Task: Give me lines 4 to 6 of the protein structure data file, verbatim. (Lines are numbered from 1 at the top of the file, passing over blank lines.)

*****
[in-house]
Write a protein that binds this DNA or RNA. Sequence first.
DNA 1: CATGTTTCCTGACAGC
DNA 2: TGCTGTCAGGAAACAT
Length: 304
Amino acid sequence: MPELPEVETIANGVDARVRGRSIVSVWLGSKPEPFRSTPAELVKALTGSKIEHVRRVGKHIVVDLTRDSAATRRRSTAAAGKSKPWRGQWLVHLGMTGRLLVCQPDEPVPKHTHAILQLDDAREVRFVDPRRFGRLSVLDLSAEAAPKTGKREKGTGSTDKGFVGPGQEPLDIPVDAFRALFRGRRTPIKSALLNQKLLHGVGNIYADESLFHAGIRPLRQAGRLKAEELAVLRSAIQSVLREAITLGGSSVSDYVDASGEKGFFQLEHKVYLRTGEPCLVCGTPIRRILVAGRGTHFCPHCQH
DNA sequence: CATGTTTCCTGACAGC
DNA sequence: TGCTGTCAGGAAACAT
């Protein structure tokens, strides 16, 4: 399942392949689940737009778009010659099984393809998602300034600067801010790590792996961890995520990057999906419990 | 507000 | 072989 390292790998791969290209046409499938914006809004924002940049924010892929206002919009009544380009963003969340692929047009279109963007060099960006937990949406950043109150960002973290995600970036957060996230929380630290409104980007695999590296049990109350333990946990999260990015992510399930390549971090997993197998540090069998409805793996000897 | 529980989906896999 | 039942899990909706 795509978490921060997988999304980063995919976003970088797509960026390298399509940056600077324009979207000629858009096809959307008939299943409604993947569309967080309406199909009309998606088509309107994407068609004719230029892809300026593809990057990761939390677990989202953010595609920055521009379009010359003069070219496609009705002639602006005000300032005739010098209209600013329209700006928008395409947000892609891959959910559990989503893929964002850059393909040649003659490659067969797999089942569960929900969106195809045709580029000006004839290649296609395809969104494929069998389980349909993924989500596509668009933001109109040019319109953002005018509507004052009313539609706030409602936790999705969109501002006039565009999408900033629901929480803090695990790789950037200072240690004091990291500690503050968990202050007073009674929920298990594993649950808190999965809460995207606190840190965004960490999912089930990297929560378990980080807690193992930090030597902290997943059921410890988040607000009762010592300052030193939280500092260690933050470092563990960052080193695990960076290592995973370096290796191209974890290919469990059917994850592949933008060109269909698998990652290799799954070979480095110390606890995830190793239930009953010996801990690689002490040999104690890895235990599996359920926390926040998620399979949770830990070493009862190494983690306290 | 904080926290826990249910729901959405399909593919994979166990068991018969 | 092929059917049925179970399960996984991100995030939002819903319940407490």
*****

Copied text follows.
DNA 2: TGCTGTCAGGAAACAT
Length: 304
Amino acid sequence: MPELPEVETIANGVDARVRGRSIVSVWLGSKPEPFRSTPAELVKALTGSKIEHVRRVGKHIVVDLTRDSAATRRRSTAAAGKSKPWRGQWLVHLGMTGRLLVCQPDEPVPKHTHAILQLDDAREVRFVDPRRFGRLSVLDLSAEAAPKTGKREKGTGSTDKGFVGPGQEPLDIPVDAFRALFRGRRTPIKSALLNQKLLHGVGNIYADESLFHAGIRPLRQAGRLKAEELAVLRSAIQSVLREAITLGGSSVSDYVDASGEKGFFQLEHKVYLRTGEPCLVCGTPIRRILVAGRGTHFCPHCQH